Ever wonder why you can eat spicy food, but your friends can’t? Or why you are craving all those sweets? We do! And that’s why we dedicate this article to uncovering the truth about your taste buds. But first, how do we taste in the first place?
What Are Taste Buds?
You may assume, like most, your taste buds are the pink and white bumps on your tongue. Those are actually the resting place for your taste buds. The bumps on your tongue are called papillae, and they contain your taste buds. Not visible to the naked eye, taste buds are buried inside the surface tissue. Taste buds have micro hairs called microvilli, and those tiny hairs relay messages to your brain in order for you to determine if something is sweet, salty, bitter, savory or sour. So, your tongue does all the talking to your brain about taste!
Facts about Your Taste Buds
Do you know if you’re a “supertaster” or “non-taster?” Here are some interesting facts about your taste buds!
- Every adult has, on average, 2,000 to 4,000 taste buds.
- Each week, your tastes get a refresh when the sensory cells responsible for how we perceive taste are renewed.
- People with heightened sense of taste are called “supertasters,” which is about twenty five percent of the population.
- Super tasters are often “picky” eaters because they have an exaggerated sense of certain foods, like onions or spice!
- There is another 25% called “non-tasters,” who can’t taste food at all.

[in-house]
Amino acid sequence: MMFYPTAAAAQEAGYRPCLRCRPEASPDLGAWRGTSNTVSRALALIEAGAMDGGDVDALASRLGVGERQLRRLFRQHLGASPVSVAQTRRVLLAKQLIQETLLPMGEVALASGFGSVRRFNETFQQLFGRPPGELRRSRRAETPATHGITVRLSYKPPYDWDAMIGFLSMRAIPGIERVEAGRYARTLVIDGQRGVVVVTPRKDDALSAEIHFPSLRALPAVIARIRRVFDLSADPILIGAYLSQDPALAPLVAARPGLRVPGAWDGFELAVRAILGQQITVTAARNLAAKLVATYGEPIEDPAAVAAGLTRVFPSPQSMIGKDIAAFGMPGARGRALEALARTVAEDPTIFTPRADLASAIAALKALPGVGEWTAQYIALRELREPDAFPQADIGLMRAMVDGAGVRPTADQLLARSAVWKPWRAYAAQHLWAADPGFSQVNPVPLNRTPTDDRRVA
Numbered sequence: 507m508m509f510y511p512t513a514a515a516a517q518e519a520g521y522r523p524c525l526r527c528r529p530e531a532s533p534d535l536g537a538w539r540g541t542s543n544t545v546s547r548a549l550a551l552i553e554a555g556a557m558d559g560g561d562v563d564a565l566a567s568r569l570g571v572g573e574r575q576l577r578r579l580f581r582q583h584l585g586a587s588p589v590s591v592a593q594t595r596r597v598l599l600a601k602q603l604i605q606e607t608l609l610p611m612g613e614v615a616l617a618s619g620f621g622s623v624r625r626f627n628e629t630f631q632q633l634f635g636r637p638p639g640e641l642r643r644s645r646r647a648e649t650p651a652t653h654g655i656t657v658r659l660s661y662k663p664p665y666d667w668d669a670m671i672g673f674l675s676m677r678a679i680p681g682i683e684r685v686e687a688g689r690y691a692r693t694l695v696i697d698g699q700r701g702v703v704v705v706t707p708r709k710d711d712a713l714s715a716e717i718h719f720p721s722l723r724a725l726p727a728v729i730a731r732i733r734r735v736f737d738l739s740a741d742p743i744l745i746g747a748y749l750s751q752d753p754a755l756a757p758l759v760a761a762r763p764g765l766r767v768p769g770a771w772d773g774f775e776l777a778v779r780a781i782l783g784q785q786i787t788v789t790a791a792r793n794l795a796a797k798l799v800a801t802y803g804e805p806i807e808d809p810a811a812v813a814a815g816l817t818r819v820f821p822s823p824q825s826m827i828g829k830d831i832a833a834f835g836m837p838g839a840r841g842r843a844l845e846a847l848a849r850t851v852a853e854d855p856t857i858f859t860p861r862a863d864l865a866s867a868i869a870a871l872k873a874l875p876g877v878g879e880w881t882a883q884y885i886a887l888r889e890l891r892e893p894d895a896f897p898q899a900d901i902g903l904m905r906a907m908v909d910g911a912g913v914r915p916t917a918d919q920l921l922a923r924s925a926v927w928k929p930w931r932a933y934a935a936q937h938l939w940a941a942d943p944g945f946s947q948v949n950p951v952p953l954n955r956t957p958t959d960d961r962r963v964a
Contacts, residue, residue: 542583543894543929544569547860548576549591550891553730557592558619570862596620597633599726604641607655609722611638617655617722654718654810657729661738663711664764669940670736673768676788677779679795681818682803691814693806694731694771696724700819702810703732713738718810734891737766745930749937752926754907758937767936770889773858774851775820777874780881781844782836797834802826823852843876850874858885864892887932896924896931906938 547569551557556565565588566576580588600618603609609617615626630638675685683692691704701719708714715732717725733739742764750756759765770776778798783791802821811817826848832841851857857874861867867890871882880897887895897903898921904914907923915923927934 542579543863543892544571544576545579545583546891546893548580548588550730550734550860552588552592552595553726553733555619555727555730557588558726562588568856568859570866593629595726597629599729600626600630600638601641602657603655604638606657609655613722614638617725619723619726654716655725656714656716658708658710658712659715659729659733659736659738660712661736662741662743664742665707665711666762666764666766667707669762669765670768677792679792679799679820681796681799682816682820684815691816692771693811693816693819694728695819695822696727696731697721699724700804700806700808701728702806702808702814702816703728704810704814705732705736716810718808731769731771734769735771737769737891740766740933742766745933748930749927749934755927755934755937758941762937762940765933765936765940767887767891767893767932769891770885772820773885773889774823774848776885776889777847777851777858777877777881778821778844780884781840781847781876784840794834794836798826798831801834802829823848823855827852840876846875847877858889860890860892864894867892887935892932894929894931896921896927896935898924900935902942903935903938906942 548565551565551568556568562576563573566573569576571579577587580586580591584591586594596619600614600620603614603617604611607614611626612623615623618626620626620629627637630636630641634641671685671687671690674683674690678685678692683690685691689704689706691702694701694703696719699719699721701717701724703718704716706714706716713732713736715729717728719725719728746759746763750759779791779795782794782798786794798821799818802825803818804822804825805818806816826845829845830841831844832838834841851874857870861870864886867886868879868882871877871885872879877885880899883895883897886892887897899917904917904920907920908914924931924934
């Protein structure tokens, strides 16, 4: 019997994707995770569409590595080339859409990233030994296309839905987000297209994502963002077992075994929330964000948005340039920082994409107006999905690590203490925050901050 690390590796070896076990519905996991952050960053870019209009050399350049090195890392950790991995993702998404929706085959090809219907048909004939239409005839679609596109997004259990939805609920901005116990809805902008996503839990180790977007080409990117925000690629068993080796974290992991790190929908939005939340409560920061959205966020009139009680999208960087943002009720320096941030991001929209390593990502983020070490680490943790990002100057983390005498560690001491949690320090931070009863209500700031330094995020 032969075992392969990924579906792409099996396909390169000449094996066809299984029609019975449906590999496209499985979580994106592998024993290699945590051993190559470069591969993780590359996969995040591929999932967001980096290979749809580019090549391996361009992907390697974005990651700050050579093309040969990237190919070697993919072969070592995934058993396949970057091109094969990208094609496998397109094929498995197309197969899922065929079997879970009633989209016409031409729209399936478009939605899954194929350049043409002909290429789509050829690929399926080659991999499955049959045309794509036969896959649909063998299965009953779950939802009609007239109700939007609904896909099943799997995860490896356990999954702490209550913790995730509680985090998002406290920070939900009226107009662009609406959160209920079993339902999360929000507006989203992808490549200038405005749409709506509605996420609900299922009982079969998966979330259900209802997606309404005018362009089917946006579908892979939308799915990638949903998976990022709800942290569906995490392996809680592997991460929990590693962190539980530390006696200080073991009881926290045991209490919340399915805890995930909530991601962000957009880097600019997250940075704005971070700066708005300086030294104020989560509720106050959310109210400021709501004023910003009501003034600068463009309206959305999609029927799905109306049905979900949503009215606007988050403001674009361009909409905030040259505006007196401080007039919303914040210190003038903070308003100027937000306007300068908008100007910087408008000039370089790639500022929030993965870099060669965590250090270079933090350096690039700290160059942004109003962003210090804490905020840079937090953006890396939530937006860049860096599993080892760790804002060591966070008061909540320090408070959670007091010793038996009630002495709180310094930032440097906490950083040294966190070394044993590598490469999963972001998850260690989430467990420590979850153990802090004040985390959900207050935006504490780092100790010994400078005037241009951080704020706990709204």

- While most taste buds are on your tongue, you also have taste cells in the back of your throat, in your nose and into your esophagus. Kids have even more cells in their lips and cheeks.
- Your tongue can taste sweet, sour, bitter, savory and salty on all areas. There are not specified zones for different tastes.
- The sensory cells on the sides of your tongue are more sensitive than the middle and back of your tongue.
- Have you ever smelled something, and it was almost like you can taste it? That’s because your brain registers the sense of smell through your nostrils, even though these are similar functioning receptors. Likewise, if you’re sick and you can’t smell, your brain won’t register a taste.
- Sweet and salty tastes help us determine foods are rich with nutrients, while bitter or sour tastes may tell us something is bad or poisonous.
- Recent studies indicate sweet cravings derive from a yearning to reduce pain and stay alive!
- Swollen taste buds and/or tongue can denote health issues like, acid reflux, dry mouth, flu or cold, and poor oral hygiene.
Now, that was a mouthful! If you have any questions or concerns about your taste buds, or about oral health in general, leave us a message below.
Additional Articles of Interest
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A hydrated mouth, is a healthy one! Foods that produce saliva wash away unwanted food residue and sugar which can lead to cavities and worse, gum disease. Plus, during the summer months, it’s even more important to hydrate our bodies. With increased activities outdoors, we have an increased risk of dehydration. Eat your way to a clean mouth with these saliva producing, hydrating foods. Read More
We recently celebrated “World Oral Health Day” and we got to thinking…how does oral health in the US stack up against the rest of the world? While it seems there is consistency about the importance of oral health care, often times it’s unavailable, unaffordable or just not at the top of the priority list. We collected the following research from studies conducted around the world, highlighting the best and worst countries when it comes to oral health care. You may find it surprising where the United States ranks on these lists. Let’s learn about the bad ones first! Read More
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